Indian textiles are an epitome of rich heritage and traditions. Dating back to 4000 BC India’s textiles were so central to its identity abroad that in ancient Greece and Babylon the very name ‘India’ was shorthand for ‘cotton’. We pay tribute to these rich textiles, rooted in history that showcase distinctive fabrics, dyes, weaves, prints and embroideries in our creations.
Intended to enhance the look and appeal, Jamdani is a discontinuous weft technique of weaving. Motifs are inlaid into the fabric by adding a denser thread to fine warp threads by hand. This process is considered the most time intensive and one of the most advanced hand weaving techniques in the world. Produced on fine muslin, the weave traces its origins from Bangladesh and is also the pride of West Bengal.
Derived from the Malay word ‘Mengikat’, roughly translating to ‘Tie’, attributing the grand and complex tradition of tying or binding a set of threads in order to create patterns, the craft has stood the test of time being relevant to the modern day. The influence of the craft was so profound that it was even used as a currency in the silk route. Every state has their own variation of ikats- Pochampally and Telia Rumal of Andhra Pradesh, Bandhas of Odisha, Patola of Gujarat etc.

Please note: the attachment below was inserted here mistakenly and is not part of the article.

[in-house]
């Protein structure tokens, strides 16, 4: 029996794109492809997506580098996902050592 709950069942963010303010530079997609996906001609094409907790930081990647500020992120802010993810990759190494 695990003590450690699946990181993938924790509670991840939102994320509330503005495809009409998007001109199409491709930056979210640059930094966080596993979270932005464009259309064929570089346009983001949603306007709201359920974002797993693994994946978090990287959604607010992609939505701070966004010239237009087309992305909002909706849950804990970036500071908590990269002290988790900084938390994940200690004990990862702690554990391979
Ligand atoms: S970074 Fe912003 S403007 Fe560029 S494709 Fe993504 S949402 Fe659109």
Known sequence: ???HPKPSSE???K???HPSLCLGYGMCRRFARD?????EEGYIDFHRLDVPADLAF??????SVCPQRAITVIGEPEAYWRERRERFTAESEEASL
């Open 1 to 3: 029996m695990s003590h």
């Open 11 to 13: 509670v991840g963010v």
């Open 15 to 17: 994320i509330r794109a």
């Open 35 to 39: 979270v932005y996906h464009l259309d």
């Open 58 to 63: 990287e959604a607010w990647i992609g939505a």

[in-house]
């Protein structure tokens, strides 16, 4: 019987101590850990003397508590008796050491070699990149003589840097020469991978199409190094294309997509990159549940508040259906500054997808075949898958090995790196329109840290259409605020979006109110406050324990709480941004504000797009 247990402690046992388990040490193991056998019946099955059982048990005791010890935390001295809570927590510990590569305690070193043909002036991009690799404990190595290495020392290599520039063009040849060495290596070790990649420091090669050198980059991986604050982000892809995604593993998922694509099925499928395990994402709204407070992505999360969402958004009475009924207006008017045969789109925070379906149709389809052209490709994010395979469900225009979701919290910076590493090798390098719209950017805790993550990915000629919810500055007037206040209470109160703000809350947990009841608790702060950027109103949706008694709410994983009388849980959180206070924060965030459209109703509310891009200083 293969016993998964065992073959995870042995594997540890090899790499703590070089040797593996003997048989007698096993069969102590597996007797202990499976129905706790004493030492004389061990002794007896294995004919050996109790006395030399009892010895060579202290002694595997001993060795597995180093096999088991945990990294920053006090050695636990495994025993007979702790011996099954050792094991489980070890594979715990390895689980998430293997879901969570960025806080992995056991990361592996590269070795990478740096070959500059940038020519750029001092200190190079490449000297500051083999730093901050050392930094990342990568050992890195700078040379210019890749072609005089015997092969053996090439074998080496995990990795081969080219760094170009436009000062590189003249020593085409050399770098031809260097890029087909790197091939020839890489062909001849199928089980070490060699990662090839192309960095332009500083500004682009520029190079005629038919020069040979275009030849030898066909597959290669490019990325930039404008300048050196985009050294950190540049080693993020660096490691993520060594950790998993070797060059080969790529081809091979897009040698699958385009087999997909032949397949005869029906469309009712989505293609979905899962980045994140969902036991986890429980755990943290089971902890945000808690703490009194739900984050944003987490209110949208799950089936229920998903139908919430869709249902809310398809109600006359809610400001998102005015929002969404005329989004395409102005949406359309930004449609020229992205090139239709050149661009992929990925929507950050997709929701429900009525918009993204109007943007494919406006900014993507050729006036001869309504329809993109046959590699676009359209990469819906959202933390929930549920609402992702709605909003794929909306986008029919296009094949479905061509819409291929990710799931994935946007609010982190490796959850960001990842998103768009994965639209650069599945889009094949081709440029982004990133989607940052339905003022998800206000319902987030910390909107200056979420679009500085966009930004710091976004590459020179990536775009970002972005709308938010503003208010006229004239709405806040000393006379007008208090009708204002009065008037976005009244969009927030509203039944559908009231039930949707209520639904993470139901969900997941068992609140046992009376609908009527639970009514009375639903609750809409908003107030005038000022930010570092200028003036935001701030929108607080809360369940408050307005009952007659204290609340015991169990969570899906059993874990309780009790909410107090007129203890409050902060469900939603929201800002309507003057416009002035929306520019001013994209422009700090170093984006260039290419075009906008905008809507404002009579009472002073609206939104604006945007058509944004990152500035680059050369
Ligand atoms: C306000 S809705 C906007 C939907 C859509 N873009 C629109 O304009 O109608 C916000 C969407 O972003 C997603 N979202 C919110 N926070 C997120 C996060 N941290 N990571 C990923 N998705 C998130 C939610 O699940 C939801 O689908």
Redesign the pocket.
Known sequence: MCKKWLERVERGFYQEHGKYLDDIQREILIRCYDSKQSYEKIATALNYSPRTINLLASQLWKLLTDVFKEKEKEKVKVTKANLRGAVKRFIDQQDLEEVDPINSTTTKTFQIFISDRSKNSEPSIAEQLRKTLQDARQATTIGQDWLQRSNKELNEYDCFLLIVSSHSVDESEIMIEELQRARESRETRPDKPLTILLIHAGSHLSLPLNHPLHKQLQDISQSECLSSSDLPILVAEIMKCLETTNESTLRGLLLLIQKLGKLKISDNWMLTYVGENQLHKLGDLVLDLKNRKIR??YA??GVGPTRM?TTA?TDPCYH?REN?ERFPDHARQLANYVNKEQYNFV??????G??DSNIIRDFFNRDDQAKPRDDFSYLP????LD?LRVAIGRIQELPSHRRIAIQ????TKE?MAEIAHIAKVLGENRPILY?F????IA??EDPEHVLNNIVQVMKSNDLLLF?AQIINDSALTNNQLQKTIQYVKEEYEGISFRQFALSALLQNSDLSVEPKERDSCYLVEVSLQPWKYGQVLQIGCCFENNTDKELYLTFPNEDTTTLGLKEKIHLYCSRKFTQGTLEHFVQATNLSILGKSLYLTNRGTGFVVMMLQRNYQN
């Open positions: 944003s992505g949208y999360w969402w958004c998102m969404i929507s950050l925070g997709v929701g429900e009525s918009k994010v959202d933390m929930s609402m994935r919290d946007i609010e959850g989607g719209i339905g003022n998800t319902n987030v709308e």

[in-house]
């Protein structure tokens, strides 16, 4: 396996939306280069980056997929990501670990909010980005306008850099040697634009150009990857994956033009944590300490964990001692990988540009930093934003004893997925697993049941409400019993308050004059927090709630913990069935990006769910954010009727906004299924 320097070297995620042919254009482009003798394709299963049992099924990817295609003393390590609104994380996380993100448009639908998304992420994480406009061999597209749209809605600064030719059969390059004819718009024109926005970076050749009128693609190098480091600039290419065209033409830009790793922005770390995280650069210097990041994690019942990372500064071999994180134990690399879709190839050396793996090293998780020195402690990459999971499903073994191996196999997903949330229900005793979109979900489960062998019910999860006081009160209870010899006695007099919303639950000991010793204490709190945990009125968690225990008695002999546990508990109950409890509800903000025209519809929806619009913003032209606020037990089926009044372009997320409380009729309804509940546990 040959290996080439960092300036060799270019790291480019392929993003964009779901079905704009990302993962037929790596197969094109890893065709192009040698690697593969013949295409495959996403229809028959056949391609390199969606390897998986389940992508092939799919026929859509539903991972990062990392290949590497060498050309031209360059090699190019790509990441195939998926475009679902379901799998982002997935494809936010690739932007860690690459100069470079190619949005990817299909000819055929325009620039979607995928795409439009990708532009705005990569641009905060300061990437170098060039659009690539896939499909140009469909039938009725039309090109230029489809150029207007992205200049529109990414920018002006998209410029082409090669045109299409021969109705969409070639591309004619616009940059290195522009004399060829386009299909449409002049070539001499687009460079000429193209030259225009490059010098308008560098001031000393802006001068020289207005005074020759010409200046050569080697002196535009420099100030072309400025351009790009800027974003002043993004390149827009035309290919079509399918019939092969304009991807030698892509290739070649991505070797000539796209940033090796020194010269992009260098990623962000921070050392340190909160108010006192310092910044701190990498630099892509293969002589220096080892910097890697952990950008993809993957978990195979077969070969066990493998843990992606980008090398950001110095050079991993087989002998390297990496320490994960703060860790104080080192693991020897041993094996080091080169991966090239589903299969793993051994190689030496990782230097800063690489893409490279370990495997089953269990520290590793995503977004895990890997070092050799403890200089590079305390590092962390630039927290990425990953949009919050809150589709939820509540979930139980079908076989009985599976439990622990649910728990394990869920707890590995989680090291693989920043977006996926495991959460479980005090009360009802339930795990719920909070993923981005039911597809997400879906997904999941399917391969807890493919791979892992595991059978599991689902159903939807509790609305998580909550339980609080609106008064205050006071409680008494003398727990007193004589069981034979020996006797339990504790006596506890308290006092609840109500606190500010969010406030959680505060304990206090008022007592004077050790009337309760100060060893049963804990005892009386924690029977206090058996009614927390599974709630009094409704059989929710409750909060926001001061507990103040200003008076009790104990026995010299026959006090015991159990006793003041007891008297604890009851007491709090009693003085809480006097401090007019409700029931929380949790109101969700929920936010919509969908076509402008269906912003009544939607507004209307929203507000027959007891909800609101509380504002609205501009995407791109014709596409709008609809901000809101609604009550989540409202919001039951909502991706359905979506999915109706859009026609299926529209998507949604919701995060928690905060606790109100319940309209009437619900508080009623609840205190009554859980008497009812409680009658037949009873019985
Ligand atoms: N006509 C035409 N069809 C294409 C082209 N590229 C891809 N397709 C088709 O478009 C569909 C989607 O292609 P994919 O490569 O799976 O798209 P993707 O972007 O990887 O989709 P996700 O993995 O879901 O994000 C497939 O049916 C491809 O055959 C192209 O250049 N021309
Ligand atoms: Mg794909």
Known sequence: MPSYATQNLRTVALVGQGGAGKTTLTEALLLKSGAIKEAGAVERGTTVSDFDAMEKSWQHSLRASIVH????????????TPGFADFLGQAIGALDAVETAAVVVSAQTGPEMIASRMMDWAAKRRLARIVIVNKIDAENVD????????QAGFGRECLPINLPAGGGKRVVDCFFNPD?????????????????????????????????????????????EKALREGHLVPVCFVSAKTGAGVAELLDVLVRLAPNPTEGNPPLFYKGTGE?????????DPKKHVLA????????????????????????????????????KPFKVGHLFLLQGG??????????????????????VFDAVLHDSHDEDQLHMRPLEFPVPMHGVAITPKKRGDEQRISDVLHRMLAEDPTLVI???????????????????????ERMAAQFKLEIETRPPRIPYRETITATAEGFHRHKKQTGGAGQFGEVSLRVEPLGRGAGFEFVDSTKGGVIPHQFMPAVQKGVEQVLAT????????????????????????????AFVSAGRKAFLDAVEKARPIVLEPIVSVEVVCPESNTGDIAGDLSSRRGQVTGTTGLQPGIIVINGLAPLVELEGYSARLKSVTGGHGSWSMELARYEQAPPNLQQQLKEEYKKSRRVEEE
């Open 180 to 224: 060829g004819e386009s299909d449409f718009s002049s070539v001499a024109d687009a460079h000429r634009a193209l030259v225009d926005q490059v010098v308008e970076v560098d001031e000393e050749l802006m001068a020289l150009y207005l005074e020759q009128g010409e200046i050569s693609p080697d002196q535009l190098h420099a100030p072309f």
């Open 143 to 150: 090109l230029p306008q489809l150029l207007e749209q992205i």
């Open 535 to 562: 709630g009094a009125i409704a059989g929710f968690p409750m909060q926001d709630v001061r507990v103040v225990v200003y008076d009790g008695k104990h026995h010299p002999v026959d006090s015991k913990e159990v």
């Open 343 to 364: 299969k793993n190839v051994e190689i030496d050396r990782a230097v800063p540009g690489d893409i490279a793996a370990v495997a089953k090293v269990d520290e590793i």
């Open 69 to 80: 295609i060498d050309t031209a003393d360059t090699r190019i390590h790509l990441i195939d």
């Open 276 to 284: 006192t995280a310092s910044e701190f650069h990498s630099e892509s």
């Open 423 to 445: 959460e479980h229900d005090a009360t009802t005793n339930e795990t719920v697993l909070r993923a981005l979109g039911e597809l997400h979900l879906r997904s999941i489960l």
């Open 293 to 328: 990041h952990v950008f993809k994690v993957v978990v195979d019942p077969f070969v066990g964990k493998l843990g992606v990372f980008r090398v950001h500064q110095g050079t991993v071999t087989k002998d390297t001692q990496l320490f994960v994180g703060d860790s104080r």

A soft and fine weave of cotton, mulmul was one of the priced imports from India to England and Scotland. The fabric which originated in Dhaka, Bangladesh, was then a part of India flourished during the Mughal rule. It is especially suitable for the harsh summers of India. It super soft, lightweight and breathable and easy to wear.
In India, silks define the luxury quotient. Our celebrations are incomplete without the exquisite silk fabrics. The fiber is produced by silk worms, which is then dyed and woven in different patterns. There are mainly four types of natural silks produced in India - mulberry silk, tasar silk, muga silk, and eri silk. While among then Mulberry silk contributes to more than 80% of the silk produced in the country. The shimmering fabric is an integral part of Indian weddings.
Characterized by its light weight and luxurious appearance, Chanderi is handcrafted in silks and cottons by weavers of Chanderi, a small town in Madhya Pradesh. Some unique features of the fabric are the intricate details of zari and the transparency which is not usually found in this line of fabrics. The fabric was in the peak of fame during Mughal rule and continuous to stay relevant to this day.
Mangalagiri is a handwoven cotton fabric produced using pitlooms. The name of the craft is derived from Mangalagiri, a town in Gundur district of Andhra Pradesh where it is produced. Although there are no embellishments on the body of the fabric, it has a unique characteristic of Nizam design on its borders. Another special feature of Mangalagiri is the durability of the fabric.
As the name suggests, woven from 100% cotton yarn, the fabric is produced in the southern part of India. It is a durable fabric that is created in plethora of patterns and designs including zari borders, patchworks and checks. It is an all-season wear and extremely comfortable.